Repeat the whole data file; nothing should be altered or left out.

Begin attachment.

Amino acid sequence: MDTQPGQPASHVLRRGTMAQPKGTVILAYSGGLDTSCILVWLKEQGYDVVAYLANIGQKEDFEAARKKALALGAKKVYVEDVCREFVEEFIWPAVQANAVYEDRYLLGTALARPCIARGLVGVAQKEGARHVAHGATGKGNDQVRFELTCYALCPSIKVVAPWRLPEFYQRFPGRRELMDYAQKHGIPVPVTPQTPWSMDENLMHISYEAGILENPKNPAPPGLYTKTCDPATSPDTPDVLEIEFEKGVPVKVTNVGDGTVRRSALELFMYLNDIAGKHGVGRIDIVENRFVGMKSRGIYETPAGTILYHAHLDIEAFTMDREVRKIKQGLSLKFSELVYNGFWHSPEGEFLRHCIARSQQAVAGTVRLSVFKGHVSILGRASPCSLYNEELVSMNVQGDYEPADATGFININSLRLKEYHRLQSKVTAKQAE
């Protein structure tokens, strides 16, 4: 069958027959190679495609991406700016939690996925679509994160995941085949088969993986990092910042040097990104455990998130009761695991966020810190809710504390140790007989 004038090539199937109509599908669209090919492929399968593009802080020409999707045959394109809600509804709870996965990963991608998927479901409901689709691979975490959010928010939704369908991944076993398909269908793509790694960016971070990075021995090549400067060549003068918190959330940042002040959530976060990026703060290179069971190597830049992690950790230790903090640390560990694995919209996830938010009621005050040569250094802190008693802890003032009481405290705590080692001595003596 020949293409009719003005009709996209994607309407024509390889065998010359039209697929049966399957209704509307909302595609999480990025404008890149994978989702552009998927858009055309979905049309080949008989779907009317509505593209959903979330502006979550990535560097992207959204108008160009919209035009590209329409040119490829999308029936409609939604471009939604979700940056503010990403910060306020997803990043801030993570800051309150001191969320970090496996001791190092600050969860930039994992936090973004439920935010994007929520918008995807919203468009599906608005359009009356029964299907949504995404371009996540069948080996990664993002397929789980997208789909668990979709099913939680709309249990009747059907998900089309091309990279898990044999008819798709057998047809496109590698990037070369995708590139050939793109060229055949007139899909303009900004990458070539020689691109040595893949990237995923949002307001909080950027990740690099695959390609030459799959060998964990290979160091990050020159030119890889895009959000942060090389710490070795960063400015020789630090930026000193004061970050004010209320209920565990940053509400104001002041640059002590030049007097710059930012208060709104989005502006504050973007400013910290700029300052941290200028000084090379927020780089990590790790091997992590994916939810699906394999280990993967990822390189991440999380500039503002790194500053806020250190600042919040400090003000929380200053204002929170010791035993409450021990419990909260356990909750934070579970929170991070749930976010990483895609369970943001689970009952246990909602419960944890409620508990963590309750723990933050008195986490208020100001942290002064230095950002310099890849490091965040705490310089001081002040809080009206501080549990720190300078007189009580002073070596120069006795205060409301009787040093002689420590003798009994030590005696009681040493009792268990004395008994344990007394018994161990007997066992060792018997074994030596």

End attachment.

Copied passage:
Amino acid sequence: MDTQPGQPASHVLRRGTMAQPKGTVILAYSGGLDTSCILVWLKEQGYDVVAYLANIGQKEDFEAARKKALALGAKKVYVEDVCREFVEEFIWPAVQANAVYEDRYLLGTALARPCIARGLVGVAQKEGARHVAHGATGKGNDQVRFELTCYALCPSIKVVAPWRLPEFYQRFPGRRELMDYAQKHGIPVPVTPQTPWSMDENLMHISYEAGILENPKNPAPPGLYTKTCDPATSPDTPDVLEIEFEKGVPVKVTNVGDGTVRRSALELFMYLNDIAGKHGVGRIDIVENRFVGMKSRGIYETPAGTILYHAHLDIEAFTMDREVRKIKQGLSLKFSELVYNGFWHSPEGEFLRHCIARSQQAVAGTVRLSVFKGHVSILGRASPCSLYNEELVSMNVQGDYEPADATGFININSLRLKEYHRLQSKVTAKQAE
């Protein structure tokens, strides 16, 4: 069958027959190679495609991406700016939690996925679509994160995941085949088969993986990092910042040097990104455990998130009761695991966020810190809710504390140790007989 004038090539199937109509599908669209090919492929399968593009802080020409999707045959394109809600509804709870996965990963991608998927479901409901689709691979975490959010928010939704369908991944076993398909269908793509790694960016971070990075021995090549400067060549003068918190959330940042002040959530976060990026703060290179069971190597830049992690950790230790903090640390560990694995919209996830938010009621005050040569250094802190008693802890003032009481405290705590080692001595003596 020949293409009719003005009709996209994607309407024509390889065998010359039209697929049966399957209704509307909302595609999480990025404008890149994978989702552009998927858009055309979905049309080949008989779907009317509505593209959903979330502006979550990535560097992207959204108008160009919209035009590209329409040119490829999308029936409609939604471009939604979700940056503010990403910060306020997803990043801030993570800051309150001191969320970090496996001791190092600050969860930039994992936090973004439920935010994007929520918008995807919203468009599906608005359009009356029964299907949504995404371009996540069948080996990664993002397929789980997208789909668990979709099913939680709309249990009747059907998900089309091309990279898990044999008819798709057998047809496109590698990037070369995708590139050939793109060229055949007139899909303009900004990458070539020689691109040595893949990237995923949002307001909080950027990740690099695959390609030459799959060998964990290979160091990050020159030119890889895009959000942060090389710490070795960063400015020789630090930026000193004061970050004010209320209920565990940053509400104001002041640059002590030049007097710059930012208060709104989005502006504050973007400013910290700029300052941290200028000084090379927020780089990590790790091997992590994916939810699906394999280990993967990822390189991440999380500039503002790194500053806020250190600042919040400090003000929380200053204002929170010791035993409450021990419990909260356990909750934070579970929170991070749930976010990483895609369970943001689970009952246990909602419960944890409620508990963590309750723990933050008195986490208020100001942290002064230095950002310099890849490091965040705490310089001081002040809080009206501080549990720190300078007189009580002073070596120069006795205060409301009787040093002689420590003798009994030590005696009681040493009792268990004395008994344990007394018994161990007997066992060792018997074994030596």